In a country as diverse as the United States, where nearly 18% of the population’s native language is not English, public schools have embraced the linguistic challenge presented by immigrant students. A rising number of public schools are gaining recognition for their outstanding efforts in working with immigrant students and non-English speaking learners. In fact, according to The Statesman, ELL students across the nation have made significant gains on standardized tests over the past three years.
The ELL Concern
The English Language Learner (ELL) population in the United States has grown significantly in the last several decades. While only 9 percent of students in 1979 reportedly spoke a non-English language at home, as of 2007, 20 percent of students claimed to speak a non-English language at home.
By law, public schools are mandated to provide the appropriate language and academic support for English Language Learners (ELLs), but in judging test scores, some school districts have failed dismally.
Subsequently, the U.S. Education Department Office for Civil Rights began investigating school districts accused of not meeting the rights of their immigrant students. Specifically, the Education Department is looking into California’s Los Angeles Unified School District, as only 3 percent of the school’s ELLs have achieved a “proficient” score on their high school math and English tests. Due to this low success rate, leaders are seeking to “determine whether those students are being denied a fair education.”
Light in the ELL Tunnel
While the Los Angeles Unified School District may have dismal ELL testing rates, the situation is looking brighter in other districts. When the Center on Education Policy evaluated the performance of students labeled as ELLs in 35 states across the country, researchers found 25 states which reported significant test improvement among ELL fourth graders on reading tests. Additionally, in grades four through eight, 70 percent of the evaluated states boosted their status of “proficient” scores among ELLs.
In speaking optimistically regarding the latest gains demonstrated by the nation’s ELL students, the Director of the Center on Education Policy, Mr. Jack Jennings, proclaims, “The report ought to offer some hope […] the accountability on school districts is resulting in more attention to these kids and them doing better on tests.”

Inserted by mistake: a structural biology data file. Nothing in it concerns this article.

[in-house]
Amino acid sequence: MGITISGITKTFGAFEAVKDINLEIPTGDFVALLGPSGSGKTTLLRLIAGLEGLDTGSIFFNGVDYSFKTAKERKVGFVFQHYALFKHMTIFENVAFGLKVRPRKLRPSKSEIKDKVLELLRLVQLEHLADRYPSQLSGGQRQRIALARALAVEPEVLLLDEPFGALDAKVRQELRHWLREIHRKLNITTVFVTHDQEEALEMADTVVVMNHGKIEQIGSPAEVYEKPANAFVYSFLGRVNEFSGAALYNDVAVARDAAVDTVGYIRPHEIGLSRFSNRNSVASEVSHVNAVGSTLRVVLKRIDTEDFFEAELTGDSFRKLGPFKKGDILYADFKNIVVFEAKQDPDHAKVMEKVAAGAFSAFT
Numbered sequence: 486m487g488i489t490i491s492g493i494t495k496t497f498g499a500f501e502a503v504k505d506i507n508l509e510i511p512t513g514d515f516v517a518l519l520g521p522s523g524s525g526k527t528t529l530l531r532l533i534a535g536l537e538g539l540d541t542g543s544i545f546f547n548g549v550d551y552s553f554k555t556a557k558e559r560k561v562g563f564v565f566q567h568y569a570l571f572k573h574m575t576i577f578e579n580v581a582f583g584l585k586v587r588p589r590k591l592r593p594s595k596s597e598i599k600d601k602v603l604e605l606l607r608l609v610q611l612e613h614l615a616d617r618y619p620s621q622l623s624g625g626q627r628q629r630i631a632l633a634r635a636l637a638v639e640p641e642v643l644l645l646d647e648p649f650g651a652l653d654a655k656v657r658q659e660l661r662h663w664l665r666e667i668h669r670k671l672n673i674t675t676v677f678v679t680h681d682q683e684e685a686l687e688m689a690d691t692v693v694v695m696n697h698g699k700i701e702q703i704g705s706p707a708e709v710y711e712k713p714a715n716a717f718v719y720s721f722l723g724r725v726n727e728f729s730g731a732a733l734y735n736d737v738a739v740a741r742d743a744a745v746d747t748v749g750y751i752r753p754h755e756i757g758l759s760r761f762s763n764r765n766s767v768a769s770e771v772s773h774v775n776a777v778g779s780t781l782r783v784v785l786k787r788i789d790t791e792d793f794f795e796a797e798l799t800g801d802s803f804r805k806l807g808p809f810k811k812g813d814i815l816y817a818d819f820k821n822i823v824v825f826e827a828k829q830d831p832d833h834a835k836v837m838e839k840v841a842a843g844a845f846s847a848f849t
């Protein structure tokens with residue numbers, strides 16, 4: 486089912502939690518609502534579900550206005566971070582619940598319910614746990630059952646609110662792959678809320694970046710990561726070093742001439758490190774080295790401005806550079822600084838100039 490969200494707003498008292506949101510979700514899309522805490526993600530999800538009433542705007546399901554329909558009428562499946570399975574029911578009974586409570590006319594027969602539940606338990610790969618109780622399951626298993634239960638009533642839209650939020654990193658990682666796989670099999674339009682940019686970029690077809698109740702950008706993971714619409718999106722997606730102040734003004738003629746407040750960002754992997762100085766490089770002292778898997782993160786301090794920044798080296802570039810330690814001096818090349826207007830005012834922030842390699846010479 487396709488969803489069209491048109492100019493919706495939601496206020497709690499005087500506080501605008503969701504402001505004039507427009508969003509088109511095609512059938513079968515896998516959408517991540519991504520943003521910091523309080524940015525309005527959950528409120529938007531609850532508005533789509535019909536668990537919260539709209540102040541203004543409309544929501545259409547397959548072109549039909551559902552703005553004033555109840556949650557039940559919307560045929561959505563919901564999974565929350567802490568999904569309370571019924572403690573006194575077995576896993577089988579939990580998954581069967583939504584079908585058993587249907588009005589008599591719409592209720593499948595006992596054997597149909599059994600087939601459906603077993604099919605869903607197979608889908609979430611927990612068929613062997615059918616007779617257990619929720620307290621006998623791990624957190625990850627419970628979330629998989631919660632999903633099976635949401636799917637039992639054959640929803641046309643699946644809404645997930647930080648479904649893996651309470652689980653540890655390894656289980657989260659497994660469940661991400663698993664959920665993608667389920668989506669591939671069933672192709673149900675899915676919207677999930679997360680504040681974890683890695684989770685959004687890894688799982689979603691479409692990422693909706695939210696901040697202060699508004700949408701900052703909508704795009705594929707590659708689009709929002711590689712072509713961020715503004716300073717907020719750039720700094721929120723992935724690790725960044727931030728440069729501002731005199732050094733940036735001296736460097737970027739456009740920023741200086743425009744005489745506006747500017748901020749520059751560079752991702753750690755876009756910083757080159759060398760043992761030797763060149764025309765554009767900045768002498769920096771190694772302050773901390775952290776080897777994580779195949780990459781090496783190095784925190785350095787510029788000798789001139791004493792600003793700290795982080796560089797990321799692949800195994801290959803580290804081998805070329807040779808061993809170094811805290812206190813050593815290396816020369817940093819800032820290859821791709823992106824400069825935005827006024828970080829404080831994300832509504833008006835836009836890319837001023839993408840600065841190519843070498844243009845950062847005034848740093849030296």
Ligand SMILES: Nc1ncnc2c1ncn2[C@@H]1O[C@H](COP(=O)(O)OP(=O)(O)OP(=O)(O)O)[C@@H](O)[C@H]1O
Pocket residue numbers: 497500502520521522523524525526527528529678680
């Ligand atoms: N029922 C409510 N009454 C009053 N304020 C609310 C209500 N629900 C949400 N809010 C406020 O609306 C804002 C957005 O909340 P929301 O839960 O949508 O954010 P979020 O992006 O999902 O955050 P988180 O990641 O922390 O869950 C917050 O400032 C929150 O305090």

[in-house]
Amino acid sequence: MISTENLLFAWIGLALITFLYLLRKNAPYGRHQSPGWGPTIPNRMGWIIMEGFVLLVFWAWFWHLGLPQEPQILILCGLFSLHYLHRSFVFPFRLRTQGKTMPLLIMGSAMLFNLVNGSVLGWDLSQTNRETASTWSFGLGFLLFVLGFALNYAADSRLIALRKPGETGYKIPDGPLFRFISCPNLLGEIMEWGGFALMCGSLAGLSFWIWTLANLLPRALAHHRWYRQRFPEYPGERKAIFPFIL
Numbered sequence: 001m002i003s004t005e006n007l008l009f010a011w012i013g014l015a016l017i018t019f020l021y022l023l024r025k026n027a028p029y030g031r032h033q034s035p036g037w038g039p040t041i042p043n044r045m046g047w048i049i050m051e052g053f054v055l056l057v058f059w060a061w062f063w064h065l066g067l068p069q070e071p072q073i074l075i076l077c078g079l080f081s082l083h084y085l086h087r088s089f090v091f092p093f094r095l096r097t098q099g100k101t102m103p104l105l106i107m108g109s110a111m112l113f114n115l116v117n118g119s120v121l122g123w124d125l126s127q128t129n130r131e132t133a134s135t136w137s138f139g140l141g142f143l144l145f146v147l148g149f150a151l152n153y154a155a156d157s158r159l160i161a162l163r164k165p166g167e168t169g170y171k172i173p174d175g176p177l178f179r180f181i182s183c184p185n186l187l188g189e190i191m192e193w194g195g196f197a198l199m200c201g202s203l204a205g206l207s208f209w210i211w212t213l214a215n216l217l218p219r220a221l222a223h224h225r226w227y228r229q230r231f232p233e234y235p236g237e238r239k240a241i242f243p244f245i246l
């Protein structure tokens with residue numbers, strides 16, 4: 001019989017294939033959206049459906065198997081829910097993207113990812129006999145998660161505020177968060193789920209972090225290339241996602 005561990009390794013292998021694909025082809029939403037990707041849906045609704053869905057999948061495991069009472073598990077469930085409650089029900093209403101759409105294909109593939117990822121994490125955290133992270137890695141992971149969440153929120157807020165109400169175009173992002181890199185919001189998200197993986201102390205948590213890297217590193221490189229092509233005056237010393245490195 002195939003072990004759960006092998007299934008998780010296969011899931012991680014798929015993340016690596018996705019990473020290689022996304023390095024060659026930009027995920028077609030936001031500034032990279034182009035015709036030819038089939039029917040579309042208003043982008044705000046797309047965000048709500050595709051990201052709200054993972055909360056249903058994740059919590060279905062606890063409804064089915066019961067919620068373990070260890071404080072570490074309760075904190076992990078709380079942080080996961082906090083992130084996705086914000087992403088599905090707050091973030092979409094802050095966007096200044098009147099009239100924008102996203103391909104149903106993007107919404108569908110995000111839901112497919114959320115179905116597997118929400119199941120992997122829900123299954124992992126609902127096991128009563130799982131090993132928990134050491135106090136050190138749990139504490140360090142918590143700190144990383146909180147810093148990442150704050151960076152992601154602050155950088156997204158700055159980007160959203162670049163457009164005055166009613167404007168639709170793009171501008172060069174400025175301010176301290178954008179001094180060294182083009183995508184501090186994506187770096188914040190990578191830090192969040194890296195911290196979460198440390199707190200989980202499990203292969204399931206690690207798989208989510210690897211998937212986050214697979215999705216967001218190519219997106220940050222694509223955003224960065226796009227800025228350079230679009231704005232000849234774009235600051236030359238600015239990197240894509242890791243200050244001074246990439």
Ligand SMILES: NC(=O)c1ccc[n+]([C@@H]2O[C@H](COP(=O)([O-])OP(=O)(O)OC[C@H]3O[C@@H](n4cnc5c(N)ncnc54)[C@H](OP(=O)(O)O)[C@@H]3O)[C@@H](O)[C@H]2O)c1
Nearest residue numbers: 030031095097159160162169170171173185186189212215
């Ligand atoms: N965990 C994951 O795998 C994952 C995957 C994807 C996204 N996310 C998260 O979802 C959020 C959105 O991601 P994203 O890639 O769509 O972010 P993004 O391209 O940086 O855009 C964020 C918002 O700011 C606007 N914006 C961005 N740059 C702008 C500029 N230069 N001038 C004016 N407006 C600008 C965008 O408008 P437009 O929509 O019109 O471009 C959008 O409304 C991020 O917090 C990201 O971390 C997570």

States Leading the Linguistic Charge
Nationally, the four states with the largest population of immigrant students in public schools are Texas, California, Florida, and New York. All four of these states reported improvements among ELLs on various reading tests. More specifically, all four of these key states demonstrated an increase in “proficient” test scores in every grade level and subject combination.
In Texas, data shows that 56 percent of ELLs in all grade levels met or exceeded the standards for passing the Texas Assessment of Knowledge and Skills (2009). Incredibly, this rise in success is showing a significant increase, as only 52 percent passed this standardized test in 2008, while only 45 percent passed in 2006.
Newcomers High School: A Shining ELL Example
While immigrant students across the country are showing academic strides, some schools are gaining significant recognition for their remarkable student success rates. As CNN reports, Newcomers Public High School, located in Long Island City in Queens, New York, is demonstrating their progress as “the miracle […] in the hallways.”
Newcomers High School devotes itself to teaching immigrant students who have lived in the United States for one year or less. As a result, half of the students arrive from Latin American countries, one quarter arrives from China, and the remaining student population has arrived from various other countries around the world.
At Newcomers High School, immigrant and ELL students who struggled to pronounce even basic English words in their Level 1 language classes have demonstrated miraculous progress over the span of several months. Oftentimes, students have shifted from minimal English skills to speaking conversationally over the course of one semester.
One student, for example, arrived to the United States from Mexico just three years prior to his anticipated high school graduation date. After graduating from Newcomers this June, the student will be attending the prestigious Lawrence University with a full scholarship.
This one student, however, is not just one rare example. According to data, although nearly all of Newcomers’ students are English language learners, 90 percent of the graduating seniors continue on to attend college. Undoubtedly, such progress has helped Newcomers earn its rank as the 6th top school in the US World and News Report’s list of the best 100 schools of 2009.
Clearly, with the right support and academic environment, ELL students can quickly obtain English skills and achieve the academic version of the American dream.